2023 Workshop on Civil-Military Operations

Center for the Study of Civil Military Operations


By Sam Stevens, DT Institute’s Director of Operations 

As part of its portfolio under the Research and Grants Division, DT Institute supports West Point Military Academies’ Center for the Study of Civil-Military Operations (CSCMO) through an impact grant of $1.4 million dollars covering a period of 5 years. DT Institute collaborates with CSCMO to provide education on contemporary development and peacebuilding practices to West Point cadets and promotes the concept of civilian-military cooperation to new audiences. We are building closer ties between civilian and military entities that often exist simultaneously in sensitive, post-conflict environments by introducing peacebuilding concepts to the future leaders of the United States Army.

In March 2023, DT Institute staff and one of its Board Members and a graduate of West Point, Michael Hess, participated in CSCMO’s 2023 Student Workshop on Civ-Mil Operations, held at West Point’s Ike Hall. The Workshop, sponsored by the USMA Class of 1978 and organized by the CSCMO, is for Cadets enrolled in EV482: Military Geography, which is the capstone, integrative experience for Geography and GIS majors, and includes many Defense and Strategic Studies (DSS) majors as well as other Cadets who take it as an elective.

The subject of this year’s Workshop was the Geopolitics of Disinformation in the Middle East with the keynote address given by Ambassador Jonathan R. Cohen. The Army’s current doctrine codifies that US military forces will increasingly work with and alongside a wide range of other actors including US and host nation government officials, international and non-governmental organizations (NGOs), and of course local leaders and populations. The focus of this Workshop provided education to the Cadets about three areas in which they will most likely find themselves leading Soldiers in the near future: 

  • contending with malign activity by Iran on a global/regional basis, 
  • responding to urban based humanitarian disasters and having to plan, prepare, and 
  • deal with civilian populations in these operations. 

As the experiences in contested cities like Beirut, Baghdad and within areas of Israel have demonstrated, even limited combat in urban areas can produce devastating outcomes. Future military leaders will be better prepared to meet these challenges with a stronger understanding of the concepts and civilian actors they are likely to encounter in future kinetic environments.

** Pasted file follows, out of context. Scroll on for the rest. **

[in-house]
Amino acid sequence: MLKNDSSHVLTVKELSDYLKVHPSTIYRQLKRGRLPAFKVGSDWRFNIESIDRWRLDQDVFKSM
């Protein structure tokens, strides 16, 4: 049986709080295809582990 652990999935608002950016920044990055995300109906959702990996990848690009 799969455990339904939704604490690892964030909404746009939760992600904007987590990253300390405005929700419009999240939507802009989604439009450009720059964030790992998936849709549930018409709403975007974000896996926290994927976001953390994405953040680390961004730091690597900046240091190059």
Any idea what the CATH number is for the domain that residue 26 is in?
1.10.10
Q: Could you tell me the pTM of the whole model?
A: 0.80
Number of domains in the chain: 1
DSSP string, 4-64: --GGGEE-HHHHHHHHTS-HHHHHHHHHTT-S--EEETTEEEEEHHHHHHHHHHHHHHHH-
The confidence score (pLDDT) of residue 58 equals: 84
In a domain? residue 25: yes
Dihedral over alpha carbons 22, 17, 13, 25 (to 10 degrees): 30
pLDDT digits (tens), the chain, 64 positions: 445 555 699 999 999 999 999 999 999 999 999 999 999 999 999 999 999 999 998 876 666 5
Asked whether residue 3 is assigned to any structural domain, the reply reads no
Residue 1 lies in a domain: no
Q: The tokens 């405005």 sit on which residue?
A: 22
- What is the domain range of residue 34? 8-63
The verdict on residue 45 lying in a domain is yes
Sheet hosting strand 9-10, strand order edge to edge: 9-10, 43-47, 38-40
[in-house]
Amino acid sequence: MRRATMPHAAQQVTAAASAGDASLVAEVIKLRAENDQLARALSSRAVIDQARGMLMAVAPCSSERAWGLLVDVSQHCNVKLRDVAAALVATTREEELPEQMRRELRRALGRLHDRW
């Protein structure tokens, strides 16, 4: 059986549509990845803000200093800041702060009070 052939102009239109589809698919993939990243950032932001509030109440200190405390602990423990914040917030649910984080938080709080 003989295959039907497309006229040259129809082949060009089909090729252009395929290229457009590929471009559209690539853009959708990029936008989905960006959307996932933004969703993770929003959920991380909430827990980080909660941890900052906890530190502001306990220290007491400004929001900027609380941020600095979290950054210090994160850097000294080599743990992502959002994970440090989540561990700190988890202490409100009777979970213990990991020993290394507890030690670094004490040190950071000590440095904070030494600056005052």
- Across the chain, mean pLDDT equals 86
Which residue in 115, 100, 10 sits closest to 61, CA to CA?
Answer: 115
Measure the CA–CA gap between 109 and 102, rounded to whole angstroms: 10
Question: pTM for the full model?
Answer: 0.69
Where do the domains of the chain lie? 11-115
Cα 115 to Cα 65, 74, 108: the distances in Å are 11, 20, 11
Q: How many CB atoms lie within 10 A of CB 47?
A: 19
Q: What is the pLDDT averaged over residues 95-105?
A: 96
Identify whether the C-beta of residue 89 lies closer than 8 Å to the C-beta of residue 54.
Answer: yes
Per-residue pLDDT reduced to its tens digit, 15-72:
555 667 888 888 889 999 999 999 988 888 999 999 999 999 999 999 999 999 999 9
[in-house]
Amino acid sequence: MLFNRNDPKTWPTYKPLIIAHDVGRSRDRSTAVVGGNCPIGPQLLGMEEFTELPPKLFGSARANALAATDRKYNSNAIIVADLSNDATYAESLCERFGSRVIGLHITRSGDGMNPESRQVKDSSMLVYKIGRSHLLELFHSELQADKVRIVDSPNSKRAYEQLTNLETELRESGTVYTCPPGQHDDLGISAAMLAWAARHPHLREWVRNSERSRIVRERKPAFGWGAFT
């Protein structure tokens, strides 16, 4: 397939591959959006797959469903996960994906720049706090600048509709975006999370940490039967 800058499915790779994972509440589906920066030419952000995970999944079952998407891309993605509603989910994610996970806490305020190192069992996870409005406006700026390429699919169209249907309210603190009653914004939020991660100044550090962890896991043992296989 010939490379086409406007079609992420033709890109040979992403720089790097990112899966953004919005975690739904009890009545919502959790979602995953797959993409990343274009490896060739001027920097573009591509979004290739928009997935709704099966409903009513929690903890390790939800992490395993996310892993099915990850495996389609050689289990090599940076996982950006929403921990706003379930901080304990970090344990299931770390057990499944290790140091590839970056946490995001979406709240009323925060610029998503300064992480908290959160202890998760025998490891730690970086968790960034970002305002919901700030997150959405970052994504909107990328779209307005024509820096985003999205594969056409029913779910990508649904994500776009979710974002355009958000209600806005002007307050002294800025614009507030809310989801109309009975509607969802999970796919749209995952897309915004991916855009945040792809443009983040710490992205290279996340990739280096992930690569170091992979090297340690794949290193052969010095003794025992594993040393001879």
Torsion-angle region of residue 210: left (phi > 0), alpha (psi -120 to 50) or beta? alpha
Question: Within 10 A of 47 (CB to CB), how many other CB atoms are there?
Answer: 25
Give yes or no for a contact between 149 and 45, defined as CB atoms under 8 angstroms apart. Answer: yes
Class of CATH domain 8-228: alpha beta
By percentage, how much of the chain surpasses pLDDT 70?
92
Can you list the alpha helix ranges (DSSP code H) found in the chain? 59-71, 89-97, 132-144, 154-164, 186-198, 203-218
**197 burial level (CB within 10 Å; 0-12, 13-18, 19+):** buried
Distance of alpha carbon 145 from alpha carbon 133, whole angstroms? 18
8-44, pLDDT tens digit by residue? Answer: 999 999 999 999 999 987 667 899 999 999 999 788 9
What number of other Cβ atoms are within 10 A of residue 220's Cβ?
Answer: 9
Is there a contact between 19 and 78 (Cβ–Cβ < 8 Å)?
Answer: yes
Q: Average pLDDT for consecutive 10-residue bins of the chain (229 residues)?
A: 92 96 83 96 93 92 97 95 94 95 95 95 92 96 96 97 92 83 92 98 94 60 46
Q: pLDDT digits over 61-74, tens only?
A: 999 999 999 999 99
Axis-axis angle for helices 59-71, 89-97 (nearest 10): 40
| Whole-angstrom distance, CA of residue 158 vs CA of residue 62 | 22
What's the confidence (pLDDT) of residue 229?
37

DT Institute staff directly contributed to the event by providing expert insight into the intricate nature of the Iranian conflict, how the Iranian government projects its power and influence, and the effects of their authoritarian hold on the civilian population.  Joel Rayburn, former Deputy Assistant Secretary for Levant Affairs and Special Envoy for Syria, gave the opening remarks and touched on current affairs across the Middle East and the diplomatic challenges the US Government (USG) faces. “Iran has interests and objectives that are antithetical to that of the US and our allies. The current regime has a shelf-life but what comes next is yet to be seen or predicted,” said Mr. Rayburn. 

Hamed Behravan, DT Institute’s a Vice President of Media, Technology, and Human Rights Division, and the Director of Iran Programs discussed Iran’s multi-faceted disinformation network. The Iranian state employs overt propaganda tactics through 12 state-sponsored news networks globally, and other less visible techniques such as videos games. Covert measures of influence include fake websites and influencer profiles that push state media narratives and spread maligned information.  

Further briefs were provided by Jodi Rosenstein from United States Agency for International Development (USAID) Bureau for Conflict Prevention and Stabilization (CPS) Program Office. Ms. Rosenstein discussed the importance of cooperation between the 3 D’s (Diplomacy, Development, and Defense) in building sustainable peace in fragile environments. “Any environment you find yourself in down-range, from now on will always be a joint civilian-military venture, so prepare yourself for that eventuality now,” said Ms. Rosenstein. 

The significance of Iran’s use of cultural Heritage in influence operations was presented and discussed by COL Scott DeJessee, COL Dominique Fernandez (FR) and CPT Hayden Bassett, representing US Army’s Civil Affairs. Ambassador Cohen shared his observations on the current situation in the Middle East. He also shared his own perceptions on the importance of Civil-Military Operations as a response to Iranian influence in the region.

Lieutenant General (Ret) Kenneth W. Hunzeker, Chairperson for CSCMO, provided closing remarks and seemed to sum-up much of the day’s conversation in one phrase, “We’re not going to shoot our way out of this one.” The layers of conflict and contention within the Iranian conflict are deep, wide, and thoroughly intertwined with a range of global power interests in the region. Earlier in the day, Mr. Rayburn had remarked that, “Effective diplomacy is showing up. Diplomatic and strategic partnerships come down to personal relationships.” Answers to these problems will require generational solutions. Some of the future leaders who will soon inherit the responsibility for those relationships were present in Ike Hall, March 20, 2023.